Family Dollar has two stores, one on East Front just doors from the new Dollar Tree, and another next to the Twin City supermarket at 7th and Park. Dollar General operates a modern, spiffy store on West Front at Madison, across from the MdDonalds.

Each is slightly different. I find the Family Dollar stores seem a little helter-skelter in their merchandising compared to Dollar General, which is very well organized with excellent signage.

So, I was curious to see what the Dollar Tree looked like. It is brightly litl and well laid out, though the signage is not as good as Dollar General.

The prices in all three are low and competitive with each other. After all they are discount stores.

To my utter surprise, I found on my first visit something that I have been looking to replace for years without success -- a pair of simple quilted cotton potholders.

Bed Bath & Beyond has dozens, from ovenproof mitts to silicone squares, to kitschy flower prints, but no plain cotton quilted ones.

I snapped up a pair and promised myself to return and see what other surprises the dollar store might hold.

And I paid a dollar -- plus 7
¢ tax.

  -- Dan Damon [follow]

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Sunday, November 19, 2017

Free community Thanksgiving dinner at FUSP

FUSP offers Thanksgiving dinner to those
who are hungry or lonely.

For the 18th year, members and friends of the First Unitarian Society of Plainfield (FUSP) are opening their doors and hearts to Plainfielders who are hungry or alone on Thanksgiving Day.

Volunteers will prepare and serve a hearty free Thanksgiving dinner with all the fixings to those who come out.

The dinner is on Thanksgiving Day (November 23) from 11:30 AM to 1:30 PM.

FUSP (First Unitarian Society of Plainfield) is locted at 724 Park Avenue, just steps from Seventh Street. FUSP is an accessible facility. Parking available in the lot across from the church or on the street.

  -- Dan Damon [follow]
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Saturday, November 18, 2017

Plainfield planning official elected to state planners group leadership

Ron Scott Bey, chair of Plainfield's Planning Board,
with Brian Kasler, executive director of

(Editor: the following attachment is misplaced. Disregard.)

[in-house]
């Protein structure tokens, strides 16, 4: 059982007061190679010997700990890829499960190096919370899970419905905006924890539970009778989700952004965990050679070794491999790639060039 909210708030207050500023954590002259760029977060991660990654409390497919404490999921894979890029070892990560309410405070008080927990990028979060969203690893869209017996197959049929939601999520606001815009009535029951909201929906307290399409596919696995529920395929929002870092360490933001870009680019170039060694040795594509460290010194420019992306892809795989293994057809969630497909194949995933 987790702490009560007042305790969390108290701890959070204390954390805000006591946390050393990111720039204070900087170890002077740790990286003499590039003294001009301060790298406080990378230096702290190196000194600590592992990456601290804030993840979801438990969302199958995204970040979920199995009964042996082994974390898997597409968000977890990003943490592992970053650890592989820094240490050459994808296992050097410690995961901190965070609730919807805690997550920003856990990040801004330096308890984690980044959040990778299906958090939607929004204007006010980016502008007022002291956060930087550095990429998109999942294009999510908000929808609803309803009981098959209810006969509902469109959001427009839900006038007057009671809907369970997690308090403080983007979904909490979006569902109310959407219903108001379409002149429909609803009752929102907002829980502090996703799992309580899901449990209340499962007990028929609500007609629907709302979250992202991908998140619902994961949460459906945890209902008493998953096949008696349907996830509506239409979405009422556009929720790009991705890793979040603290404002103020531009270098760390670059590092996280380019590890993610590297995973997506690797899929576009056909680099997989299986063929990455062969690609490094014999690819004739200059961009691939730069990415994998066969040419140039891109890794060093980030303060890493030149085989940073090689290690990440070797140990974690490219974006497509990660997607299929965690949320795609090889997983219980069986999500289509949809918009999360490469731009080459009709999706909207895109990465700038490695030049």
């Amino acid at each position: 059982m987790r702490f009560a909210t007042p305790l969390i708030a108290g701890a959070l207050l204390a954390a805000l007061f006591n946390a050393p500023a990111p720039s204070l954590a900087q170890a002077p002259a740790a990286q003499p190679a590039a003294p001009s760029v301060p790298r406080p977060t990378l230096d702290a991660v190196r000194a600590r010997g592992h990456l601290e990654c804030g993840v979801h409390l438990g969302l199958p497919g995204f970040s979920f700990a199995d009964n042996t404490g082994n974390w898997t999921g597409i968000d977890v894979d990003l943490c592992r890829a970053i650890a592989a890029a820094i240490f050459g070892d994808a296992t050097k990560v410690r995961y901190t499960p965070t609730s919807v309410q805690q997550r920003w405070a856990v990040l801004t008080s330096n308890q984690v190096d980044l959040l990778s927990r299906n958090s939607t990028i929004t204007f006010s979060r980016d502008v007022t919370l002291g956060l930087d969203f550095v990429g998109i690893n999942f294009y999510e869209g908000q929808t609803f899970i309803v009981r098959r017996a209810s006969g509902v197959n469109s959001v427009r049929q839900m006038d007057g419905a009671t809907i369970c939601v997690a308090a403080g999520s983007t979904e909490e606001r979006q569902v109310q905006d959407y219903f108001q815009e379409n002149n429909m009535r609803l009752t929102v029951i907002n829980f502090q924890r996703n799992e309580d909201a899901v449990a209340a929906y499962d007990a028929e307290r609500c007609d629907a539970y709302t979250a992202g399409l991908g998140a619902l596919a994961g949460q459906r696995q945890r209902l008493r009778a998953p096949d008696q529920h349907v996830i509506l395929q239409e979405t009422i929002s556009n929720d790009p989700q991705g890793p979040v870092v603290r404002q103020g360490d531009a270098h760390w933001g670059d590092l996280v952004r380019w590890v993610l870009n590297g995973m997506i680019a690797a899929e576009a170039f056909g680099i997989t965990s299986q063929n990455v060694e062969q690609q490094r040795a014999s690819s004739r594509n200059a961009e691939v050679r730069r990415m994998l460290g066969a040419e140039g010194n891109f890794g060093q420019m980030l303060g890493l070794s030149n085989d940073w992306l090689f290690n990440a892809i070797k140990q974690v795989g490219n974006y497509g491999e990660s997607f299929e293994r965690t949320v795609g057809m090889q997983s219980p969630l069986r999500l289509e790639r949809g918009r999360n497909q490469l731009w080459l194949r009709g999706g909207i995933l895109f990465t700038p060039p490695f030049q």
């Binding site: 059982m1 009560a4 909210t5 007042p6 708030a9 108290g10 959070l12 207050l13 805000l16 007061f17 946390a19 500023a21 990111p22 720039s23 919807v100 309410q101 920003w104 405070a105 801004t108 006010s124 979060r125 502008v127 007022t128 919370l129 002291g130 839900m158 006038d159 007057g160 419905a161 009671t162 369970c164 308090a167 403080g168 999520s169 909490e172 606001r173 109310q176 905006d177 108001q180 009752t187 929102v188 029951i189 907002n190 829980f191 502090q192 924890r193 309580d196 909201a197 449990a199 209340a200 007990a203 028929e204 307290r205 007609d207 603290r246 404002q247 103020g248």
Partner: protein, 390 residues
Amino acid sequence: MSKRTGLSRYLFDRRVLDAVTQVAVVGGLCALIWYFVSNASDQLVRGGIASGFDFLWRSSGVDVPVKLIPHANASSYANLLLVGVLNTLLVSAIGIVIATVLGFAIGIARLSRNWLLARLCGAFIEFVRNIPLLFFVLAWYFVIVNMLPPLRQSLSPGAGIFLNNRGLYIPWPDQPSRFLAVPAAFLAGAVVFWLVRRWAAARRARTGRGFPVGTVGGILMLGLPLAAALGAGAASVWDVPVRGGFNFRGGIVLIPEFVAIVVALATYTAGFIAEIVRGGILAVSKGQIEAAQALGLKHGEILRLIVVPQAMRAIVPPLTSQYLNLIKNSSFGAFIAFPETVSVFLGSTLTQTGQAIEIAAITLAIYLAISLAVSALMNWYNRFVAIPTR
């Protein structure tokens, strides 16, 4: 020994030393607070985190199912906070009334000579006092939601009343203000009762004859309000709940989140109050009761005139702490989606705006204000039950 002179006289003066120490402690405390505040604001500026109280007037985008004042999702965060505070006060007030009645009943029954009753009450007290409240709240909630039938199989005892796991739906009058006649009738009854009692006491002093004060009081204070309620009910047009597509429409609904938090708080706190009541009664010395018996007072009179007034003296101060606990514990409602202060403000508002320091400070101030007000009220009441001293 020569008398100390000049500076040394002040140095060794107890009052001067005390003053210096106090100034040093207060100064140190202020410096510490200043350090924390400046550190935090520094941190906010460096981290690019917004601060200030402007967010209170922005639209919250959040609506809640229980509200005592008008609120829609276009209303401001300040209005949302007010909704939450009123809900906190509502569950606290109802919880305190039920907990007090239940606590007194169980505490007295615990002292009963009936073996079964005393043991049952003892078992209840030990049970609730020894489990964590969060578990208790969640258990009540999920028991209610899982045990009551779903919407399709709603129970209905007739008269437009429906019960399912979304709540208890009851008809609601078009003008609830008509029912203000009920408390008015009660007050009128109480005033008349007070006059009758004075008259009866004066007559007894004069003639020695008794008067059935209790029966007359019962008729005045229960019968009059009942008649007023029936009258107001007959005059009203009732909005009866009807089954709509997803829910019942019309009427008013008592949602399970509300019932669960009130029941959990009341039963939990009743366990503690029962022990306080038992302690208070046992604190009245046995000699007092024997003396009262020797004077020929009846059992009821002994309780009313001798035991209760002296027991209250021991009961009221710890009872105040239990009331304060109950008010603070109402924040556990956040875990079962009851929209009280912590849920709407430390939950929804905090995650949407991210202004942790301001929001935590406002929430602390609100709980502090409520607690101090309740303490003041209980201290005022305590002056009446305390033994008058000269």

NJ Planning Officials, at the 103rd League Conference.
(Photo courtesy Siddeeq El-Amin.)


Ron Scott Bey, chairman of Plainfield's Planning Board, was elected treasurer of New Jersey Planning Officials, the association of NJ planning and zoning officials, at the 103rd annual conference of the NJ League of Municipalities in Atlantic City this past week.

Scott Bey, who is currently serving on the organization's board o f directors, will now take a seat on the Executive Board. Elected by the organization's general membership, Scott Bey will serve in the office for three years.

Ron was appointed to the Planning Board by the late Mayor Al McWilliams, and has served for fifteen years.

When his length of service was remarked upon, he pointed out that both former chair Ken Robertson and current member Gordon Fuller have service records of at least thirty years -- a sign that the volunteers who serve on Plainfield's land use boards (including the Zoning Board of Adjustment) relish their duties and the contribution they make to the community.

When asked about high points during his term of service, Scott Bey pointed to the re-examination of the city's Master Plan and the designation of two Transit Village zones, for the design of which the city won an award.

Looking to the future, Ron is excited about the prospects for continued development activity downtown, particularly in the block bounded by West 2nd Street and Front Street between Madison Avenue and Central Avenue.

One of the possibilities for that area is  banquet hall, a facility that would be a boon to the city, the lack of which has been an embarassment every time a special event needs to be located elsewhere because Plainfield lacks a venue.

Another prospect he finds exciting is the possibility of attracting a microbrewery or brewpub to the downtown area.

Since the laws changed in 2012, loosening restrictions on  craft or microbreweries ane brewpubs, there has been a surge of growth throughout the Garden State.

Craft breweries are those that produce less than 6 million barrels a year. Whereas formerly they were limited to giving free samples to those who toured the facility and could only sell two six-packs to a visitor, they now can sell beer by the pint and customers can by up to a full keg to take home. The changes have helped microbreweries expand greatly.

Brewpubs on the other hand are restaurants with a brewery attached. Brewpubs may now produce up to 10,000 barrels (as opposed to 3,000 formerly), may hold up to 10 licenses, and may sell their beer to wholesalers -- ensuring distribution throughout the state and to restaurants other than their own.

Ron is very upbeat about the prospects for continued improvement of the business climate throughout the Queen City under the leadership of just re-elected Mayor Adrian O. Mapp.

The Planning Board meets on the first and third Thursday of each month (there are some exceptions) at City Hall Library. Meetings start at 7:30 PM and the public is welcome and may ask questions during the conduct of the board's business. For more information, call the Planning Division at (908) 753-3391.

  -- Dan Damon [follow]

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Road paving will disrupt three streets Thanksgiving week

Drivers were alerted to road work on Cedarbrook Road
a few years ago.